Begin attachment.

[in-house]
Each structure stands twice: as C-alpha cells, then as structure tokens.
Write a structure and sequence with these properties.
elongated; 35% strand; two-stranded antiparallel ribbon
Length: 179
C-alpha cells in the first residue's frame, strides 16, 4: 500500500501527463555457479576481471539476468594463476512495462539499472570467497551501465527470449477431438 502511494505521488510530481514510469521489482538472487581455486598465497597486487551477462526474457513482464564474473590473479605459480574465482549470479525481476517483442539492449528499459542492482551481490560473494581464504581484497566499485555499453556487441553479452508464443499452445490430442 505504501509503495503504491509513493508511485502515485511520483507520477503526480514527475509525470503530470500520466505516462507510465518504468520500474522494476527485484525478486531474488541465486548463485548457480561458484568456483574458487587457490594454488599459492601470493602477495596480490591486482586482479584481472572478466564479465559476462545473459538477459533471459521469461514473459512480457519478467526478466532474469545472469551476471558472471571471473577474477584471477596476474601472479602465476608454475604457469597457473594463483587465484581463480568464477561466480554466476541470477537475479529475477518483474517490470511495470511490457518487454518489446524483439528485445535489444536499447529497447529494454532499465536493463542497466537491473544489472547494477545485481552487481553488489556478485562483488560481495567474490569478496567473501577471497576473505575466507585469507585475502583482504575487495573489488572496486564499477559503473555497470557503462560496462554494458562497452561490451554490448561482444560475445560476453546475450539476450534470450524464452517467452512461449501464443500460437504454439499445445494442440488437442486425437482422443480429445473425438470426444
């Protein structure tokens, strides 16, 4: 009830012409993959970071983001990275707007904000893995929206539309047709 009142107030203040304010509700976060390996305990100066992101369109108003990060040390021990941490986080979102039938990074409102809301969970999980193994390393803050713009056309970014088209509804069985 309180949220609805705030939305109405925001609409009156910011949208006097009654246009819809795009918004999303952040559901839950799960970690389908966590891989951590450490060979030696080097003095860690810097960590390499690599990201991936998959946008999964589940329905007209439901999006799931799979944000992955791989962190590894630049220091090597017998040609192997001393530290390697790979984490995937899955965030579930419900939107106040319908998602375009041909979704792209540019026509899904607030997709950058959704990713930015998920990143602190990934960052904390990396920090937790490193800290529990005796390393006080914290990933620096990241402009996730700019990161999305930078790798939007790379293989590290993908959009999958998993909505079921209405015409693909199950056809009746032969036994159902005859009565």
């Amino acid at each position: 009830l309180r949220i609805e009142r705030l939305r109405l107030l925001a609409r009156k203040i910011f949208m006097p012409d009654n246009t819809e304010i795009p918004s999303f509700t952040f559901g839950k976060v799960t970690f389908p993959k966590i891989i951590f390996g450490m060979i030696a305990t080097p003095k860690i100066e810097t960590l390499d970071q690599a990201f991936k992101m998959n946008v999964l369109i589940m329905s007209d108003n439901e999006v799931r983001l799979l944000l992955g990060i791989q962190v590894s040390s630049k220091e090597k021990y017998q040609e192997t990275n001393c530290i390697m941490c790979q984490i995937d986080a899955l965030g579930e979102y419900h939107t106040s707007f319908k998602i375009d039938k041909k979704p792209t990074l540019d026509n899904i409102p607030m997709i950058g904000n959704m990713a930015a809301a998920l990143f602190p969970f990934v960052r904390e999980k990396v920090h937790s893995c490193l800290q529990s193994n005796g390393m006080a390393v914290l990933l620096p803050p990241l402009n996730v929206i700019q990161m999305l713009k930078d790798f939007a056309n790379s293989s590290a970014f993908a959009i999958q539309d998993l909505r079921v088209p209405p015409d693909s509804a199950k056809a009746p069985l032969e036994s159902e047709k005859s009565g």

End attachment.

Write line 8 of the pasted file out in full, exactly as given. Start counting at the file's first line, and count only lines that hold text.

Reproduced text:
């Amino acid at each position: 009830l309180r949220i609805e009142r705030l939305r109405l107030l925001a609409r009156k203040i910011f949208m006097p012409d009654n246009t819809e304010i795009p918004s999303f509700t952040f559901g839950k976060v799960t970690f389908p993959k966590i891989i951590f390996g450490m060979i030696a305990t080097p003095k860690i100066e810097t960590l390499d970071q690599a990201f991936k992101m998959n946008v999964l369109i589940m329905s007209d108003n439901e999006v799931r983001l799979l944000l992955g990060i791989q962190v590894s040390s630049k220091e090597k021990y017998q040609e192997t990275n001393c530290i390697m941490c790979q984490i995937d986080a899955l965030g579930e979102y419900h939107t106040s707007f319908k998602i375009d039938k041909k979704p792209t990074l540019d026509n899904i409102p607030m997709i950058g904000n959704m990713a930015a809301a998920l990143f602190p969970f990934v960052r904390e999980k990396v920090h937790s893995c490193l800290q529990s193994n005796g390393m006080a390393v914290l990933l620096p803050p990241l402009n996730v929206i700019q990161m999305l713009k930078d790798f939007a056309n790379s293989s590290a970014f993908a959009i999958q539309d998993l909505r079921v088209p209405p015409d693909s509804a199950k056809a009746p069985l032969e036994s159902e047709k005859s009565g």